The main sponsors of this years tournament are none other than multi-national giants Shell. This is a company with an appalling human rights and environmental record worldwide, including just down the road from Béal an Mhuirthead where the tournaments finals are scheduled to take place.
It is an attempt to dilute opposition to their theft of our natural resources and their plans to force an unsafe pipeline carrying raw unrefined gas through a small rural community on the Erris peninsula. It is nothing more than another cynical attempt to portray themselves somehow as a generous and benevolent contributor to local events and causes and to the west of Ireland in general.
The reality is the complete opposite. Since Shell commenced their project in Mayo ten years ago, the local community have had their human rights trampled over by Shell. In this, they have been supported unconditionally by the political establishment and by all arms of the state, including the Navy, Air Corps, Gardai and judiciary, at massive cost, all at the tax-payers expense.
People have endured intimidation and assault at the hands of Shell's security and the Gardai, resulting in serious injuries and hospitalisation in many instances. Many more have suffered arbitary arrest and jailing at the behest of Shell, for simply trying to protect the environment and the health and safety of their families and the community at large.
The Rossport five were imprisoned for 94 days in 2005 for opposing the Dublin government decision to grant Shell permission to place their pipeline through their land without their consent. Maura Harrington has been jailed on a number of occasions as a result of her involvement in protests opposing Shell.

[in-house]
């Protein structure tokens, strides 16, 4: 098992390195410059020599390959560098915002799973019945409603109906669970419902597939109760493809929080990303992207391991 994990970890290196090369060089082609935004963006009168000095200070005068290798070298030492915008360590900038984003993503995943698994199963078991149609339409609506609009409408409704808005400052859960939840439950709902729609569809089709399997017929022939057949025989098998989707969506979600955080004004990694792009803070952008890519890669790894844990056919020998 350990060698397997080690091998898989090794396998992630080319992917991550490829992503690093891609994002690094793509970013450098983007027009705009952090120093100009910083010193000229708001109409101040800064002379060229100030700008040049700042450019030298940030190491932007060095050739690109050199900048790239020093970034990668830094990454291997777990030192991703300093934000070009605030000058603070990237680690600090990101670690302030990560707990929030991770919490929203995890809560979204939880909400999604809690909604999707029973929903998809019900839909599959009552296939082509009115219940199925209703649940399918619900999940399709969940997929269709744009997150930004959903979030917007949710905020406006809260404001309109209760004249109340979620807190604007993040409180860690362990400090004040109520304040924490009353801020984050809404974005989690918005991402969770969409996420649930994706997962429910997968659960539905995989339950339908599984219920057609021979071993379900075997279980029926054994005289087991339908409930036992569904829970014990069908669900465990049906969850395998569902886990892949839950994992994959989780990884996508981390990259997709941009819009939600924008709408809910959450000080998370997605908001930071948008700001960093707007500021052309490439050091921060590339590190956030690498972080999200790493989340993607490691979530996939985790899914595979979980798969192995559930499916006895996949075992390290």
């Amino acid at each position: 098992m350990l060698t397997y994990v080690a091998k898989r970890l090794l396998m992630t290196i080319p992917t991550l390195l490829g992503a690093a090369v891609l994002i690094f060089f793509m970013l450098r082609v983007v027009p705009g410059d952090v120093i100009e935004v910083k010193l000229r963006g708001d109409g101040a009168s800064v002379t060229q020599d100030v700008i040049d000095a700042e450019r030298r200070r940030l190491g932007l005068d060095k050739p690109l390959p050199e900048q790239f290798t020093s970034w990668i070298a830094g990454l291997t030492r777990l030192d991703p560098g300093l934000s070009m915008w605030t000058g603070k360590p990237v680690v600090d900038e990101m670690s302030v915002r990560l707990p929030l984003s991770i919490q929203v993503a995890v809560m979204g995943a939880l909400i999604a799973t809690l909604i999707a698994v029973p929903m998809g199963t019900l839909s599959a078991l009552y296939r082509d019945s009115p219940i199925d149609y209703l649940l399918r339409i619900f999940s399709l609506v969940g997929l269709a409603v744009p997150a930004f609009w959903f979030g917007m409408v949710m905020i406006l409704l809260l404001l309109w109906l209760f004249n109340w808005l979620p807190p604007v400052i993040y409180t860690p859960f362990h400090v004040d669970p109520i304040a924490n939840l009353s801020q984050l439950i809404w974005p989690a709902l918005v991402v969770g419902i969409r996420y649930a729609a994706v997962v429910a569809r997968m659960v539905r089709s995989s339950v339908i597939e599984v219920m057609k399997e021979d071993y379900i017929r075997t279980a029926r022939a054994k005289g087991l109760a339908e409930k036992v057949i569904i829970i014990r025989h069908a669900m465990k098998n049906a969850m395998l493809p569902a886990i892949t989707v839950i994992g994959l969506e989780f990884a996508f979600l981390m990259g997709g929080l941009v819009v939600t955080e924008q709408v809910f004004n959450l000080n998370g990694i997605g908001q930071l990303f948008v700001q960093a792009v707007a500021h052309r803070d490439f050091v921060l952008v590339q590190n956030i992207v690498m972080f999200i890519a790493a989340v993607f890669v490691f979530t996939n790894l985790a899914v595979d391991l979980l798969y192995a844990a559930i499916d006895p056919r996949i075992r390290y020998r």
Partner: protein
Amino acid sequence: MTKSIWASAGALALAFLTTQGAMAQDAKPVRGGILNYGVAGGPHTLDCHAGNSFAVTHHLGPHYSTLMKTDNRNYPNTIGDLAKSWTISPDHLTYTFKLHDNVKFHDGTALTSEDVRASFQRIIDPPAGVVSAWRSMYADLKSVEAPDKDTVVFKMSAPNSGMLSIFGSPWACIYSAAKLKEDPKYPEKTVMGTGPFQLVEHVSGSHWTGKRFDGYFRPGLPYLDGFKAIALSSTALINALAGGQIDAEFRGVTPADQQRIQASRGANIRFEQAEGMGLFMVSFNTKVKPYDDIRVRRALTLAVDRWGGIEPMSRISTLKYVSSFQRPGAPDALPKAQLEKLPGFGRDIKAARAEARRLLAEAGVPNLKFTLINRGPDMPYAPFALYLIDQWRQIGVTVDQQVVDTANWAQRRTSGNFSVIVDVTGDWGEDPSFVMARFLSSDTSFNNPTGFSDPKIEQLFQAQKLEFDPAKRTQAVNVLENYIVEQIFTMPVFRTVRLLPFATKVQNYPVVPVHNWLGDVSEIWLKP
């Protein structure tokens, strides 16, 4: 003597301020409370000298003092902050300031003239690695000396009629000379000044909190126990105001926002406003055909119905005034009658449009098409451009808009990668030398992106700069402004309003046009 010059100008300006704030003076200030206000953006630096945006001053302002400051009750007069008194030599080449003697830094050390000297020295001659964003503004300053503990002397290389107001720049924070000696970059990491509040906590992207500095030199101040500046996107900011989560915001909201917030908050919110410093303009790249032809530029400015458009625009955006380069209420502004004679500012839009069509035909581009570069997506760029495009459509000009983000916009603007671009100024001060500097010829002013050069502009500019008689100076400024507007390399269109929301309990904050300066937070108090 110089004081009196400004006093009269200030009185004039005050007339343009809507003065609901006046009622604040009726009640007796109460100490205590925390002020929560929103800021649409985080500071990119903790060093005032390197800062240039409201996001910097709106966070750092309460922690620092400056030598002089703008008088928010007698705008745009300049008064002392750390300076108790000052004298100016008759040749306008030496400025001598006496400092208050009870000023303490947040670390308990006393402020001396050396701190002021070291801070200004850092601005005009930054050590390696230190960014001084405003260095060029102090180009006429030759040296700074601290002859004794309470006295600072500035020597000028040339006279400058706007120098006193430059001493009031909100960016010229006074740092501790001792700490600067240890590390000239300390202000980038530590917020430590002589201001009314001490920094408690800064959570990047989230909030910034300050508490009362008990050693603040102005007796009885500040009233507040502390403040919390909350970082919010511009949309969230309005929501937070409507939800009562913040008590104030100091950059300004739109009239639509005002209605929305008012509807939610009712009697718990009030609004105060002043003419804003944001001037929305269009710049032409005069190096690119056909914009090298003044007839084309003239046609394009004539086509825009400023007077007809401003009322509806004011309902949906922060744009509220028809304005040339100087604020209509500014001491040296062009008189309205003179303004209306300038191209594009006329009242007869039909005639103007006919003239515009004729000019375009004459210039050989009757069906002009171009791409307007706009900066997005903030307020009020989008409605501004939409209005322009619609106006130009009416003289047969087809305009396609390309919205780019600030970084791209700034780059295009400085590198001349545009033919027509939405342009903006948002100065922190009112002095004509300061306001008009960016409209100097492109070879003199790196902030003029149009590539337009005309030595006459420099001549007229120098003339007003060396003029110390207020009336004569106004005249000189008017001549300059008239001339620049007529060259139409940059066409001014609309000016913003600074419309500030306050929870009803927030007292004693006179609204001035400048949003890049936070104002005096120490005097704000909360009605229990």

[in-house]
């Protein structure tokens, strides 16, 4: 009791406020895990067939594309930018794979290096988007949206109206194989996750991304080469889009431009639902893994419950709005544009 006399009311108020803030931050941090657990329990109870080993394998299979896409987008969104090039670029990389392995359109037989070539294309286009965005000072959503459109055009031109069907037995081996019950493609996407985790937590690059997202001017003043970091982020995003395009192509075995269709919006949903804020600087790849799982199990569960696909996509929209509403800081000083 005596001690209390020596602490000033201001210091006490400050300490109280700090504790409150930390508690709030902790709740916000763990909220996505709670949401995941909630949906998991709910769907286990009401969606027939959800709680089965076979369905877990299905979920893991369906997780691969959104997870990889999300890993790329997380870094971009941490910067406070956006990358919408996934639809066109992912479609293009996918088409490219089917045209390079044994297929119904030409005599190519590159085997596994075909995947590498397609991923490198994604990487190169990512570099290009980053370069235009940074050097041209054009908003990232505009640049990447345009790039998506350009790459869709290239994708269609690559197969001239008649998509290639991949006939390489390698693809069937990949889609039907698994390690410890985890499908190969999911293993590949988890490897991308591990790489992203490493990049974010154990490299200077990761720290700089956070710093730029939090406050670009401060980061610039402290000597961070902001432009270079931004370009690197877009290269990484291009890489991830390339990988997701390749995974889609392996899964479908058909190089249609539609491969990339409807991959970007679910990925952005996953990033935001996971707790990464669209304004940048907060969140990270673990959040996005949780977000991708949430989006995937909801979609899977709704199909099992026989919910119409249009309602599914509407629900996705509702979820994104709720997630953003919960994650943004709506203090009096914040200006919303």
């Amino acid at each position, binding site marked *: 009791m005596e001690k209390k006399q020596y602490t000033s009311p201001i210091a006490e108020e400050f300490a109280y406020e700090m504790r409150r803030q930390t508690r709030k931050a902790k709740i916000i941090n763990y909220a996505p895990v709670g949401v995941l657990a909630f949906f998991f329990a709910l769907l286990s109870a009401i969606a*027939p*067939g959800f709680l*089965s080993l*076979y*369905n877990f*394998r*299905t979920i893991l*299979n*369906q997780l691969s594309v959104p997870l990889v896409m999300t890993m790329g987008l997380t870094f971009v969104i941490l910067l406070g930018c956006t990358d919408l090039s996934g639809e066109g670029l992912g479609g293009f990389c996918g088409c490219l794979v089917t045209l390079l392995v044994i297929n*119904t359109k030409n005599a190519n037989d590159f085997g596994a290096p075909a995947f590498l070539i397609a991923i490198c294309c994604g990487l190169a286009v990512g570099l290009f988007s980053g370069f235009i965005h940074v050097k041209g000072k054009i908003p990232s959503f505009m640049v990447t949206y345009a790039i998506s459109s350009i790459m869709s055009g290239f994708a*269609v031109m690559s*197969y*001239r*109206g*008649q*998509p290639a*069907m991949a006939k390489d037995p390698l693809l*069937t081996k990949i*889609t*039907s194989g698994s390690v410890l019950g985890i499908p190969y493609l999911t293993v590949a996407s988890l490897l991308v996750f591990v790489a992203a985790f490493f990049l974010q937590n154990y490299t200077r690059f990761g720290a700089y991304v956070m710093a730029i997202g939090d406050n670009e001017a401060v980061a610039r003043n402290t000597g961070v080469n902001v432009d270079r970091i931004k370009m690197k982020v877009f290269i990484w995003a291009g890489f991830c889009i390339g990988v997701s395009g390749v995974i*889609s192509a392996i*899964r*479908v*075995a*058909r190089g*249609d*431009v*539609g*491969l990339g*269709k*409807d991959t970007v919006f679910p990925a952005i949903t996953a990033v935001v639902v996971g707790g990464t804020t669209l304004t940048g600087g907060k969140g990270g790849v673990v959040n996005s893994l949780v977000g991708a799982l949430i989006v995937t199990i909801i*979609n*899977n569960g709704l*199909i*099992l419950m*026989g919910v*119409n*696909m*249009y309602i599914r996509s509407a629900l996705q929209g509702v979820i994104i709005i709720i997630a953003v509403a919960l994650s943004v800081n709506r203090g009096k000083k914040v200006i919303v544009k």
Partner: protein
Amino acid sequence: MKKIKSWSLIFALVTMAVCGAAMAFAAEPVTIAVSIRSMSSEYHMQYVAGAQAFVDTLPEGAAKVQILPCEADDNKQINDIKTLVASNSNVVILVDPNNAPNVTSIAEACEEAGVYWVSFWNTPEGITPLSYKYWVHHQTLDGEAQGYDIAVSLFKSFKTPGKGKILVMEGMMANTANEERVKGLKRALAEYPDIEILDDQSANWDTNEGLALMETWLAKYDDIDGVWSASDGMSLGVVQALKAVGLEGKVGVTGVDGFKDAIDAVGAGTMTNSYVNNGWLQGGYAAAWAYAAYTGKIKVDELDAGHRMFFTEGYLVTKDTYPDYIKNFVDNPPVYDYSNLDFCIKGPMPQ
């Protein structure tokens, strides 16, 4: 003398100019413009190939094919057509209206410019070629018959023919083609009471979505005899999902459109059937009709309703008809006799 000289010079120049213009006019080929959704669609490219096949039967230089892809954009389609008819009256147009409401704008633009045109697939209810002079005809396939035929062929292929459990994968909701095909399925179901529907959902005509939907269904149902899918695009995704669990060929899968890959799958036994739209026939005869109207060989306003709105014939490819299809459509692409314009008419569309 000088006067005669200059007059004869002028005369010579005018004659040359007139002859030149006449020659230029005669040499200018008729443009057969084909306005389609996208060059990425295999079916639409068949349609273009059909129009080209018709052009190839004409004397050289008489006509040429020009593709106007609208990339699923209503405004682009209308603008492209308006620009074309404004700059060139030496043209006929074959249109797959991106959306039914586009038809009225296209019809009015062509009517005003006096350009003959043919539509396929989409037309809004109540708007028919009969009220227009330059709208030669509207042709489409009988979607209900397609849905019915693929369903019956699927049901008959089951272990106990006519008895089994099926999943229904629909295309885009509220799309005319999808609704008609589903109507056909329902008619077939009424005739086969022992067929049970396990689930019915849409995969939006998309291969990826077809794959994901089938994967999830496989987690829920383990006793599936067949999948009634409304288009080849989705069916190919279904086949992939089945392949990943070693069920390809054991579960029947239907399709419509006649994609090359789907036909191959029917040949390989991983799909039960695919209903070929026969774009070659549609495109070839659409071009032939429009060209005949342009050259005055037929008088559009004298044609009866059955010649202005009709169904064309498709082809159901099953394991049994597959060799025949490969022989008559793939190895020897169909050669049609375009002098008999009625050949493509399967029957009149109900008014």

Regularly activists engaged in peaceful protests would be arrested, and either subsequently released without charge, or charged with minor and petty public order offences. The object being to disrupt protests being carried out at key times of the project and to divert protesters attention and resources away from campaign, tying them up with court cases. As subsequent court cases have shown (see here for previous article on this) people have regularly, and in large numbers, been illegally arrested and detained.
At the moment, two other prominent Shell to Sea campaigners and human rights activists Pat 'the Chief' O'Donnell and Niall Harnett are currently being held in Castlerea prison in County Roscommon. Like the Rossport five and Maura Harrington before them, Niall and Pat's only crime has been to stand up for their community and to refuse to be bribed, intimidated or beaten into submission.
Pat and his family have suffered enormously as a result of his refusal to accept financial compensation from Shell and to continue to insist on his right to fish in Broadhaven bay. Because of this both Shell and the Gardai have viewed him as a threat to their plans and have singled him out for special attention.
As a result, along with his son, he has suffered intense harassment, being repeatedly arrested while fishing for their living. He has had his boat impounded by the state and in June 2009, his boat was boarded late at night by men in wetsuits who held Pat and his fellow crew member at gunpoint while they sank his boat, leaving them just minutes to launch their lifeboat and get to safety. No-one has ever been arrested in relation to this incident.
And lest anyone be fooled into believing the myth of Shell's 'generosity', lets put it in its proper context. Shell has an annual turnover of more than £316 billion sterling. Their profits last year exceeded a staggering £35 billion sterlng, which translates into almost £100 million sterling profit every single day of last year.
Their sponsorship of Comórtas Peile na Gaeltachta, a drop in their ocean and a tiny fraction of the wealth of the Corrib gas which they are attempting to take from the Irish people, is basically hush money. Shell want, by splashing around some of their ill gotten gains, to buy peoples' and organisations' silence, so they will ignore Shell's appalling human rights and environmental record. Such is the extent of these abuses worldwide that Amnesty International have been scathing in their criticism of Shell.